CLIMATE JUSTICE by Mary Robinson


Hope, Resilience, and the Fight for a Sustainable Future
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The former head of the United Nations Commission for Human Rights details the human rights dimension of climate change, showing how neglect by the powerful is already affecting the underprivileged around the globe.

Previously the first female president of Ireland, Robinson (Everybody Matters: My Life Giving Voice, 2013) had become increasingly involved with climate change and its human toll when her editor for her American publisher told her, “I would love for you to write a storytelling book about climate justice.” This is that book, a narrative of unlikely activists, mostly women, whose communities have experienced firsthand the devastating effects of global warming and have become proactive. The subtext here is giving voice to the previously voiceless, providing seats at the table not only for the powerful who are proceeding heedlessly, but for those who have been suffering devastating consequences: economic upheaval, starvation, and destruction inflicted by the policies of powerful countries on the other side of the globe. “In eastern Uganda there are no seasons anymore,” explains a farmer in that country. “Agriculture is a gamble….It was not until I went to a meeting about climate change that I heard it was not God but the rich people in the West who are doing this to us.” The book both begins and ends with Donald Trump’s decision to pull the United States out of the Paris Agreement, which had been negotiated after decades of attempts and failures to reach accord. “It is unconscionable,” writes the author, “that the United States has simply walked away from its responsibility to people both at home and abroad, in the interest of short-term fossil fuel profits.” Nonetheless, Robinson’s tone throughout is hopeful and optimistic, as one story after another finds accidental activists, primarily women, changing their own lives as well as those of their communities, accepting both the challenge and the responsibility of confronting the threat.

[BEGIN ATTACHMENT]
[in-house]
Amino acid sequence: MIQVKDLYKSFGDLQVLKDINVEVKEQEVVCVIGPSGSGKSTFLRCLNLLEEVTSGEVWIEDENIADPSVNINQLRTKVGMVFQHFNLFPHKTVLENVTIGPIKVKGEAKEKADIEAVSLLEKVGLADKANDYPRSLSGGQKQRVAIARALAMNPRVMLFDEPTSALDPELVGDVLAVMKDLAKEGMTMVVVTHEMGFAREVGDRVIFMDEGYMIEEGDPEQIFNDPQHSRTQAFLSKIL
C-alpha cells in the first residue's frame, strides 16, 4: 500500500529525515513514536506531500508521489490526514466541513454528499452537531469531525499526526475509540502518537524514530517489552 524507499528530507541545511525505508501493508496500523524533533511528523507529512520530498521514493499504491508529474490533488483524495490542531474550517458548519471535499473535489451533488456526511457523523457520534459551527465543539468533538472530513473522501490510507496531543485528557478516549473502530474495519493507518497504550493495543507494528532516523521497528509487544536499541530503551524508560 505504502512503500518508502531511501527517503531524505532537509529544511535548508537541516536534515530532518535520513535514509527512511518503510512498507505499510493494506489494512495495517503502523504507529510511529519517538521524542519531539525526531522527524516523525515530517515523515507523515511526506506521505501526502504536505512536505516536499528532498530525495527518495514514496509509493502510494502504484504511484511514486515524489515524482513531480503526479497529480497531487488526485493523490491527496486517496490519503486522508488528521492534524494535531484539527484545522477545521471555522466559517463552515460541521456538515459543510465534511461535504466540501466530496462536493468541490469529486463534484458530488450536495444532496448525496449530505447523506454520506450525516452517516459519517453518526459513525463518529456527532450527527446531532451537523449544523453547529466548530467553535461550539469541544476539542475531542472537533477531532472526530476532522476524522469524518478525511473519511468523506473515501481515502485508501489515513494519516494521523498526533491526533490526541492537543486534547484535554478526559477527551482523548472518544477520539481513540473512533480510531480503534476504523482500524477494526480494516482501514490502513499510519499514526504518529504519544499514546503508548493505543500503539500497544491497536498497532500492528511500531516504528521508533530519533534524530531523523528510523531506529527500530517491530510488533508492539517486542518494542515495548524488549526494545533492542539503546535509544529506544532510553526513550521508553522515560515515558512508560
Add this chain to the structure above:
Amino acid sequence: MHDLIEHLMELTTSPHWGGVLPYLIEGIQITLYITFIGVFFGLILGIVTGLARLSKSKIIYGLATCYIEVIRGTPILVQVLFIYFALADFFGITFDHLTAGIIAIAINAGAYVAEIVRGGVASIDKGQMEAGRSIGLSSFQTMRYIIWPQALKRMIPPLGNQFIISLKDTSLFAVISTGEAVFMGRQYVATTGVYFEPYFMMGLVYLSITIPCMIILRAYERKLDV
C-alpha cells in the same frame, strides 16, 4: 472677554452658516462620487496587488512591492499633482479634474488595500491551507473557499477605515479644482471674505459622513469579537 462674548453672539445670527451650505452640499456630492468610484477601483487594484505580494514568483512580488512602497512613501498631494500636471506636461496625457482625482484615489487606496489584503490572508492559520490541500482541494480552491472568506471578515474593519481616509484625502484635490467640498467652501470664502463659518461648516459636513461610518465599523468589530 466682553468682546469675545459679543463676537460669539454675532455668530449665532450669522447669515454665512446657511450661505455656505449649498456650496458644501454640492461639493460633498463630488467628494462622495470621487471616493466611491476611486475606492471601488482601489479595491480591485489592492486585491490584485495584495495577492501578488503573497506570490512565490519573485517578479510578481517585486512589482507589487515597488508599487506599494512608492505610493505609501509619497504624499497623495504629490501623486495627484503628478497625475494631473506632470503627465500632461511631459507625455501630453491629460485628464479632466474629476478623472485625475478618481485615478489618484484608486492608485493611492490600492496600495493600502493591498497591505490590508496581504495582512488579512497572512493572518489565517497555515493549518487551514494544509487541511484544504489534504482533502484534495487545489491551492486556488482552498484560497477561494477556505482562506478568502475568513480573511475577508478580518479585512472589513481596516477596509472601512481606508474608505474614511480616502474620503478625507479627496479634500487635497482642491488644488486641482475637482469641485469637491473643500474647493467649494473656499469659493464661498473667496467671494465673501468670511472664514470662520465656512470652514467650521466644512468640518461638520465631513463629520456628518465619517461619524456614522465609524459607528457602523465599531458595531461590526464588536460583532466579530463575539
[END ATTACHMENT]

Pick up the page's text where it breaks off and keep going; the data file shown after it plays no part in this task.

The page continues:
In a measured tone that is largely free of politicized rhetoric, the author tells engaging stories of extraordinary accomplishments by ordinary people.

Pub Date: Sept. 4th, 2018
ISBN: 978-1-63286-928-9
Page count: 176pp
Publisher: Bloomsbury
Review Posted Online:
Kirkus Reviews Issue: Aug. 15th, 2018


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